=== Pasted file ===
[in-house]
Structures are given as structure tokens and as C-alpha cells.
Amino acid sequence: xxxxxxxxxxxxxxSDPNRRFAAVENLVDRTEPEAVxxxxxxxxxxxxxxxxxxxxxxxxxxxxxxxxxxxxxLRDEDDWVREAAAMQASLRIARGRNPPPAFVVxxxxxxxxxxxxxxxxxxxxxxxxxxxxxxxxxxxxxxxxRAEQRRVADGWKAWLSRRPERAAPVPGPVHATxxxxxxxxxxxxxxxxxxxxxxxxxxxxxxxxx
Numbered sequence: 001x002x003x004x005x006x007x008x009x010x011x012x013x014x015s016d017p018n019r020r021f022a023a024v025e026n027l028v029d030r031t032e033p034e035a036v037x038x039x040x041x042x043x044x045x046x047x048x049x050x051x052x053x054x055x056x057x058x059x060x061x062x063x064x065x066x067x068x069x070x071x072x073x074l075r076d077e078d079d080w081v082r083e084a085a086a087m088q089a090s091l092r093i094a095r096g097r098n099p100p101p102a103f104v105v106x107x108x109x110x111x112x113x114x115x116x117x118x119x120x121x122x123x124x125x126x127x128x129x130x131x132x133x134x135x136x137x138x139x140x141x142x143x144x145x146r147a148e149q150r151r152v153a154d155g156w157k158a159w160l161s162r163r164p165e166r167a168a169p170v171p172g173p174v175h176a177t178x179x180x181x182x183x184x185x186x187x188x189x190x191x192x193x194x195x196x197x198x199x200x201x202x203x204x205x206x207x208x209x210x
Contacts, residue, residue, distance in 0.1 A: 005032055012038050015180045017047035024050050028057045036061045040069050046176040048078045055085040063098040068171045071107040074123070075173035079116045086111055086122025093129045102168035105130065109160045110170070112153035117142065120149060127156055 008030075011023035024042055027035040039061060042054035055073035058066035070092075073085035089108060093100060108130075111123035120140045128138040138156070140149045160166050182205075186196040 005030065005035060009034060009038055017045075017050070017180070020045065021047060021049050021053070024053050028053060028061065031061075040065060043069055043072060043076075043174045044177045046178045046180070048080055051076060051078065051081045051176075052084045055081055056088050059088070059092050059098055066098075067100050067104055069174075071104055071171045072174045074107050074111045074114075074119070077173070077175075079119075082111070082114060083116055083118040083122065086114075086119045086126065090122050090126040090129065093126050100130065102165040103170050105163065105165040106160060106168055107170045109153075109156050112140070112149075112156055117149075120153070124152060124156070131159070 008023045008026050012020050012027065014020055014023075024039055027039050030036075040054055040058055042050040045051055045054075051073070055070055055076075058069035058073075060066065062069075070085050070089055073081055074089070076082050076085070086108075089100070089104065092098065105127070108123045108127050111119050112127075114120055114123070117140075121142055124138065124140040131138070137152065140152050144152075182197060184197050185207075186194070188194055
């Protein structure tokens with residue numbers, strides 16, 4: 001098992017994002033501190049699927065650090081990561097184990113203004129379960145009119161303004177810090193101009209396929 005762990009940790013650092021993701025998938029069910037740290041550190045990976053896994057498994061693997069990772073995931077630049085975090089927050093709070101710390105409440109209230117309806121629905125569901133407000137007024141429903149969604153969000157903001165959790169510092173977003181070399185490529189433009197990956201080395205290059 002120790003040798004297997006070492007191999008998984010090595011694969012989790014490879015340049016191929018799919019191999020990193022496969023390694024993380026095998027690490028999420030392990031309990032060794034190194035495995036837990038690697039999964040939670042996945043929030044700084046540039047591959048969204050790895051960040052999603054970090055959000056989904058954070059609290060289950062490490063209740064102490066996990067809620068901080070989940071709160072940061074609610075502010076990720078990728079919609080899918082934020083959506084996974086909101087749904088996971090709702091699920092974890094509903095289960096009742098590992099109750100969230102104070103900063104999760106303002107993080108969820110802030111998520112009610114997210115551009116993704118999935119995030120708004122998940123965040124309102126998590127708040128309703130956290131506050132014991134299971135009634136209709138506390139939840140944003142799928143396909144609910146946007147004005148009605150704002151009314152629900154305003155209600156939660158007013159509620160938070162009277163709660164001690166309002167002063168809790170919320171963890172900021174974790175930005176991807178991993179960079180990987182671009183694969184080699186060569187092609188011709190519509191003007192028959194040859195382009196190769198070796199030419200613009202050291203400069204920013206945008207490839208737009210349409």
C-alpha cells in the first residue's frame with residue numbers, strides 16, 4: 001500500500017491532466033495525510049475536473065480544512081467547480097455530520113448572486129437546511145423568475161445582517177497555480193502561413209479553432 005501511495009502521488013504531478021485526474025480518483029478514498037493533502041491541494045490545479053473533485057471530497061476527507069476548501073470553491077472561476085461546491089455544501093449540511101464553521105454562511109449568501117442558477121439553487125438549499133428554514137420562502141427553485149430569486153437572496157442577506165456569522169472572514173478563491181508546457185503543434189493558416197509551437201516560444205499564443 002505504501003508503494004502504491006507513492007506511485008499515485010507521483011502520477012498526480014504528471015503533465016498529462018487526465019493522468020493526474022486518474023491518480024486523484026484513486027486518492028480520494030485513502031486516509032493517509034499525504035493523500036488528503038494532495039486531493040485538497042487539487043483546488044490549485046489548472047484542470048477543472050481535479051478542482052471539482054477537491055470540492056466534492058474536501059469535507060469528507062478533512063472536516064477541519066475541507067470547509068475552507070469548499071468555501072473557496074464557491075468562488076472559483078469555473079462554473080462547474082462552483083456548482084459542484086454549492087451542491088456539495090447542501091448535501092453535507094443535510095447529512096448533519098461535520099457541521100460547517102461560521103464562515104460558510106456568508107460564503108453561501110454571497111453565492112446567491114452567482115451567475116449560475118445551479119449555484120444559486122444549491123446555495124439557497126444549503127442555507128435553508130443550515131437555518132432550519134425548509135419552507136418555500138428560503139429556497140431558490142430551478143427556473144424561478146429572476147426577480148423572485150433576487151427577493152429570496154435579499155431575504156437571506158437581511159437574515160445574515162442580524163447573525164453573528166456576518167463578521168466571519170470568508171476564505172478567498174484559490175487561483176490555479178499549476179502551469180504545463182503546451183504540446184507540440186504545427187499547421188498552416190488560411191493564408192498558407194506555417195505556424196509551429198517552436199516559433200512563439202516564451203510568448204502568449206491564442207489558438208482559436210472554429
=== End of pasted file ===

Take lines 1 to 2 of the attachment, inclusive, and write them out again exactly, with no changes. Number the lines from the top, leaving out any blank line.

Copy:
[in-house]
Structures are given as structure tokens and as C-alpha cells.